Sunday, June 11, 2006

Sex slavery – the first convictions

It took two trials, three years and a multitude of Mr Bigs (and not so Bigs) getting off, but finally one slaver – Wei Tang – is behind bars. Only emerging through the reportage of Tang’s trial is that one of the three other (original) co-accused “F” (as she is is referred to in the official judgment (PDF), although F’s real name was widely reported at the time of her arrest, and for at least a year after) previously pleaded guilty to sex-slavery charges, and is now serving a minimum two and a half year jail sentence.

The other two original co-accused – brothel manager Paul Pick and ATO executive (and Tang’s then#-husband) John Davies meanwhile, quietly fell by the wayside. All sex-slavery charges against Davies were dropped in June 2004, which dropping seems to have been the case for Paul Pick also, only Pick later received some short-lived media attention for other charges, of possessing child pornography (for which he received a non-jail sentence). # Adding a bit of soap opera sizzle here, (but this is pure guesswork on my part), it would seem from her latest address (“North Balwyn”) that Tang took to living with Pick sometime in the last two years.

More significant though, in falling-by-the-wayside terms is that Wei Tang plainly bought her five sex-slaves on a “retail” basis only. That is, there was an obvious chain of organised crime upstream from her, none of whom have been brought to justice, with the minor exception of “F” (who, unlike Tang, helped to traffic the five women to Australia, as well as being a co-owner of them, with Tang, after they landed). While most of these Mr (/Ms) Bigs would be outside Australia, catching them should not be that hard. In particular, the practice of temporarily depositing significant cash sums in slave’s bank accounts (a must-do if they are to come to Australia on tourist visas, the standard mode of entry for third-world sex-slaves), would leave a solid paper trail.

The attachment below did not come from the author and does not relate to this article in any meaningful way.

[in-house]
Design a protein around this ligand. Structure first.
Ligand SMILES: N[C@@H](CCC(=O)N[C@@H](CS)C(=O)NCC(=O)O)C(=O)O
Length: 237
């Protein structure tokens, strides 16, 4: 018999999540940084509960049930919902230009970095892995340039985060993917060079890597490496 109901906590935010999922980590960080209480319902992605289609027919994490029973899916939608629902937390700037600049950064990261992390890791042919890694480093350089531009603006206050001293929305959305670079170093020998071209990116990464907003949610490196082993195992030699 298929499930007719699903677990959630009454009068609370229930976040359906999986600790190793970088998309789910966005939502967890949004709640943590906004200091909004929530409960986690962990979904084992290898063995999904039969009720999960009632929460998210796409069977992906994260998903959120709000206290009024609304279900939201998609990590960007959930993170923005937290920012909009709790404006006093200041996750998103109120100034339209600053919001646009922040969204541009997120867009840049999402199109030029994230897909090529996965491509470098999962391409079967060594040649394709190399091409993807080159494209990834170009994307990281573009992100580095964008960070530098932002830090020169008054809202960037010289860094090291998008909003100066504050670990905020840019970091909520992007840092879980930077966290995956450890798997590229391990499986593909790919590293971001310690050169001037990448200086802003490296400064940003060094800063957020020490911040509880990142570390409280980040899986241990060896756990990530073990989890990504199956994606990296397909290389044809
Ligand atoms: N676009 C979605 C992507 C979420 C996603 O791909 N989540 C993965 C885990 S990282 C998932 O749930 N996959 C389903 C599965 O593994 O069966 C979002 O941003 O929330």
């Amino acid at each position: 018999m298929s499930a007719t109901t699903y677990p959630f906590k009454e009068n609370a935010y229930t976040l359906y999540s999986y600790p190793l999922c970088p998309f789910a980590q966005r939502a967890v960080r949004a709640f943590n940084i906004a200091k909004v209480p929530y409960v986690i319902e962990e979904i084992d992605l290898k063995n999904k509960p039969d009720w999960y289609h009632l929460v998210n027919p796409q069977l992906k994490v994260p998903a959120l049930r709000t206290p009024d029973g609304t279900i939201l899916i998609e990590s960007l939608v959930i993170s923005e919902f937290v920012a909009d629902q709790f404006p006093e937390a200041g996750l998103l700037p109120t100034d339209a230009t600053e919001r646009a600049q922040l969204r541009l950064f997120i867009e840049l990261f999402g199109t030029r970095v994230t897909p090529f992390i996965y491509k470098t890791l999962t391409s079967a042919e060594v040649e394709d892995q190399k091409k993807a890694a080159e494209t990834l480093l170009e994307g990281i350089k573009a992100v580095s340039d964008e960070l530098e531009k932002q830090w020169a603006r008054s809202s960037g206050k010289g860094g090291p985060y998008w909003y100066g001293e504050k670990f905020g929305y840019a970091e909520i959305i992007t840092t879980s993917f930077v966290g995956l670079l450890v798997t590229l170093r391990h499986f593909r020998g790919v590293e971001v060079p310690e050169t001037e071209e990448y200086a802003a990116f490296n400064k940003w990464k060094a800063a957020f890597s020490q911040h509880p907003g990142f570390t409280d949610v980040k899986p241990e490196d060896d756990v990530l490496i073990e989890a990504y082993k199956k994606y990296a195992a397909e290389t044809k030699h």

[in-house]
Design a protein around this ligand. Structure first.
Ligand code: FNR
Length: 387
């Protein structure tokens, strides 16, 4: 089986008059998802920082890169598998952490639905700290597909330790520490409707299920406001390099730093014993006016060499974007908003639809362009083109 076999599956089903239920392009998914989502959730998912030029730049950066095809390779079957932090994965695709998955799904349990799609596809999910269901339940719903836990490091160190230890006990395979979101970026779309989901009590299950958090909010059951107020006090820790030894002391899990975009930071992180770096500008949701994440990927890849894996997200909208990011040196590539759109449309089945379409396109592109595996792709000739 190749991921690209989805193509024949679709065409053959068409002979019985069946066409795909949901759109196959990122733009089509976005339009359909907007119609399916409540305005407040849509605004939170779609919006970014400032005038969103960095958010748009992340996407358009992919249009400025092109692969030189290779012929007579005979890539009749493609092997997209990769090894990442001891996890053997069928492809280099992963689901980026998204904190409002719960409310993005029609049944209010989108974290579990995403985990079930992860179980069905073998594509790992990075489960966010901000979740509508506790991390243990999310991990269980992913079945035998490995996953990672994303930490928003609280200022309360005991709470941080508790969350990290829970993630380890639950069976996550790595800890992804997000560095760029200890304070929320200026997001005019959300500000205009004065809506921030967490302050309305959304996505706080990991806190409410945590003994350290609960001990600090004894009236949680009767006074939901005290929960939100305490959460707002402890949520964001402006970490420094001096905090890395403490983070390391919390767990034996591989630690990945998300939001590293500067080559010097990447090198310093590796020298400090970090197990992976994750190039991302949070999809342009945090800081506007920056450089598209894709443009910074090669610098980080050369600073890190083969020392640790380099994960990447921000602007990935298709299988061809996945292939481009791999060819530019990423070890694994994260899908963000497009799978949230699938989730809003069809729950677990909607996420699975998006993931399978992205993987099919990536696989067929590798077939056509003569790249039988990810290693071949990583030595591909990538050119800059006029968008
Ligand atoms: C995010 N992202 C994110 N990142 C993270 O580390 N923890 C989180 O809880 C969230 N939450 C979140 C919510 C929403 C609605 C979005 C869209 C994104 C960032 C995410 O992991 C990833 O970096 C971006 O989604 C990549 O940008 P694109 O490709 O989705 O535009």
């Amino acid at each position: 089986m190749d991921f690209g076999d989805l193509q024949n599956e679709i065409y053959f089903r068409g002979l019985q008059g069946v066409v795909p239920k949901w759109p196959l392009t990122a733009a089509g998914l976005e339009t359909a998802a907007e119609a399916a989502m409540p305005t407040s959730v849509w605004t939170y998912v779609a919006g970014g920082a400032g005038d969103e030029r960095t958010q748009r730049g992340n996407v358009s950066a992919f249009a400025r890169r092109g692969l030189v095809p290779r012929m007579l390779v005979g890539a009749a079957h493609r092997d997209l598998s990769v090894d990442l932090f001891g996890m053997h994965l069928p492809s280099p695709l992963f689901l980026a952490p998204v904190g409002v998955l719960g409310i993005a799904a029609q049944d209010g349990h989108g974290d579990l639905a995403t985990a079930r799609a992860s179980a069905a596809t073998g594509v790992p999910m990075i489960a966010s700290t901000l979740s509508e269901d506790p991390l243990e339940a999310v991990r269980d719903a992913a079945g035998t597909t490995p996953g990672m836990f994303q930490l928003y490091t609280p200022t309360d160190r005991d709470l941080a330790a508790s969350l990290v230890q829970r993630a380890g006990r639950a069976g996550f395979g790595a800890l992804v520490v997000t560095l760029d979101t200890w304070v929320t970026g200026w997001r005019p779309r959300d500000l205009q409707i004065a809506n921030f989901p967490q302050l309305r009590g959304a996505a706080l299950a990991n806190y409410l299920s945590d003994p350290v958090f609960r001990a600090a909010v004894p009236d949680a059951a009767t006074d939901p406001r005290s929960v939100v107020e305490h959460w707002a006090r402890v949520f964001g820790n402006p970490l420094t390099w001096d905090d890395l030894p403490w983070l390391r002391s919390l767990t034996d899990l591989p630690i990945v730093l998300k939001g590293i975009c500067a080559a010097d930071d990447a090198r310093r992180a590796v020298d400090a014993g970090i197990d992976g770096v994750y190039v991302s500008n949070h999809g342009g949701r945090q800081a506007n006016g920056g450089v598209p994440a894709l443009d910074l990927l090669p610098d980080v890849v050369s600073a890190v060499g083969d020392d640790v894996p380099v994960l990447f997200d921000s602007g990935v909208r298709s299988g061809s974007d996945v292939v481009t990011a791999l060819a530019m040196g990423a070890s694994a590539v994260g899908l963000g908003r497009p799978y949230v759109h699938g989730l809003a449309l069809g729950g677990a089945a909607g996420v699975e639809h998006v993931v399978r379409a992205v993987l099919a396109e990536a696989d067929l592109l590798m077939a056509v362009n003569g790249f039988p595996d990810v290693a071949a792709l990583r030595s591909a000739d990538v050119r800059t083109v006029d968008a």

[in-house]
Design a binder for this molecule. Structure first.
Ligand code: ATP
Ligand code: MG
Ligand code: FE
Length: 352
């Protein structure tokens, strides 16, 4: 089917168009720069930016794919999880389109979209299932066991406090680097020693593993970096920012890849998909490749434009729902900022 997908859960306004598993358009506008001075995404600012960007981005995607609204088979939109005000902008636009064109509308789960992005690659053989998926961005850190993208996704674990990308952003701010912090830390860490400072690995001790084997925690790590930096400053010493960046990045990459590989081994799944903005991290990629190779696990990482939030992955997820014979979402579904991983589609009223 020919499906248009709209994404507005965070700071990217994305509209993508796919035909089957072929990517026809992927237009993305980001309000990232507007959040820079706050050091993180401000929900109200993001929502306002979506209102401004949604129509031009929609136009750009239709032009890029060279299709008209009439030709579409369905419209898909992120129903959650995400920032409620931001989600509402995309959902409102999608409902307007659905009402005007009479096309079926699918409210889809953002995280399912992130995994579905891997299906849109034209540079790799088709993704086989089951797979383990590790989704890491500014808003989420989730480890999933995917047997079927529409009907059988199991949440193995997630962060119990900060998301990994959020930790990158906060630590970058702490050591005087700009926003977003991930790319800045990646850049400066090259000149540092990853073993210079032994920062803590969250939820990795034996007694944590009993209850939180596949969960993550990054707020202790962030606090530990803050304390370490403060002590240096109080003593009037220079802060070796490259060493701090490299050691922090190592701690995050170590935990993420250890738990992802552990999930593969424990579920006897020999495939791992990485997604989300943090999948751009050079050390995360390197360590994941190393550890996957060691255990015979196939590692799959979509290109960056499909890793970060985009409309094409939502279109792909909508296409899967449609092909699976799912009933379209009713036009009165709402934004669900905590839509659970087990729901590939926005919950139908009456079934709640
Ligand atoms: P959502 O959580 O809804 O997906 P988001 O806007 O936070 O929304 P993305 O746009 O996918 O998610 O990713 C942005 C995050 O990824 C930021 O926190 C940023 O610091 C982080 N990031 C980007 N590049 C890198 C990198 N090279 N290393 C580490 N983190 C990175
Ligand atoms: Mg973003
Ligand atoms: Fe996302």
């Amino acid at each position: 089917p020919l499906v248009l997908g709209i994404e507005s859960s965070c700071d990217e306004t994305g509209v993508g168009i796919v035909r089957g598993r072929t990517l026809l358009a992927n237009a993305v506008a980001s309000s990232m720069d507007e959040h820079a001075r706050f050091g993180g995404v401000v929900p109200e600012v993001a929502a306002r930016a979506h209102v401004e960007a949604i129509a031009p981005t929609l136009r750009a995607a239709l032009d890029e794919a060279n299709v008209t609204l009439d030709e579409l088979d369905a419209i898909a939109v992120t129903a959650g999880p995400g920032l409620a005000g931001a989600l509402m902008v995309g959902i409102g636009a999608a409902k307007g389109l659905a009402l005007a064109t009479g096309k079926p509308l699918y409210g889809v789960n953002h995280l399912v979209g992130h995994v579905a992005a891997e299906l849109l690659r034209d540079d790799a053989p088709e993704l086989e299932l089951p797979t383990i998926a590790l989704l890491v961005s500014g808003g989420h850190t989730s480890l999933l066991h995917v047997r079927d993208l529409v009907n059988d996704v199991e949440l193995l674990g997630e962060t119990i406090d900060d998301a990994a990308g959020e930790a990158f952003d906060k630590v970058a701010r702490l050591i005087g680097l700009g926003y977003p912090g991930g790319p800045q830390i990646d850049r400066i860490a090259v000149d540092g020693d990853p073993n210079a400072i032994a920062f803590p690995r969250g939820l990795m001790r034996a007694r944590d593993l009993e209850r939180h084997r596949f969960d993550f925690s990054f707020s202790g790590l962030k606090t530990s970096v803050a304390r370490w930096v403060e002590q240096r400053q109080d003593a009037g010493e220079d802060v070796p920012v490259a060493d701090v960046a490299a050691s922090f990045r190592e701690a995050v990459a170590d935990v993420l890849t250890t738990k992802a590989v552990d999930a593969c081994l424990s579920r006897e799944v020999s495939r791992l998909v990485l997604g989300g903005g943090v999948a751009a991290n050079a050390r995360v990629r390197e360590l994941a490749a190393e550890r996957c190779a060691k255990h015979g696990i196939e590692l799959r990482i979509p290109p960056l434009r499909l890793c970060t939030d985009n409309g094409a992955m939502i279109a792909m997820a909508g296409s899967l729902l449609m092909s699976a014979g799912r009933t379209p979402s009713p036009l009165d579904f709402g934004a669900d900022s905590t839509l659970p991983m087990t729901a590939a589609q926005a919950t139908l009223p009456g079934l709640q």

Despite so much criminal scum having got off scot-free, it is also true that even Wei Tang’s conviction seems to have just made it over the line. Here, I’m not only alluding to her first trial and its hung jury. In Sydney, two other sex-slavery prosecutions – one of Danny Kwok, Hosea Yoe, Jenny Ong and Raymond Tan (Ong’s son)* and the second of Ngoc Lan Tran and Sally Cui Mian Xu – would seem to have come to nought. The first prosecution simply drops off the news radar after this, while the second resulted in a hung jury, with no retrial, apparently. In the last two years, a total of 17 people apparently have been charged with sex-slavery offences. Breaking these down, there are: 2 successful prosecutions, 8 unsuccessful ones (including charges dropped) (Pick and Davies, plus the two Sydney groups, above), 2 only just charged (same URL), and 5 "unknowns".

It can safely be assumed that the two known unsuccessful prosecutions have little correlation with objective innocence on the part of those charged. With organised crime networks left effectively untouched even by a “successful” prosecution, a la Wei Tang, the fear of the main witnesses in these cases – the prostitute slaves themselves – in giving evidence against their masters must be great.

Which is all the more reason that the law here needs to change, drastically. Any prostitute without Australian residency should be deemed a sex-slave, and her brothel-keepers should be automatically jailed for life, with remission only being possible by naming names higher-up.

*(aka Daniel Sweensang Kwok, Hosea Prayudi Saputra Yoe, Jenny Lai Chin Ong and Raymond Aik Tong Tan)

While I agree that the government needs to follow up on all of those involved in the trafficking chain, that sentences need to be harsher, and that the public needs to be better informed (perhaps resulting in fewer hung juries)-- it is ridiculous to say that all prostitutes without Australian residency should be deemed sex slaves. There is a huge difference between consentual prostitution and human trafficking, slavery and debt-bondage (legal or illegal). To equate them is as silly as saying, 'all sex is rape'.
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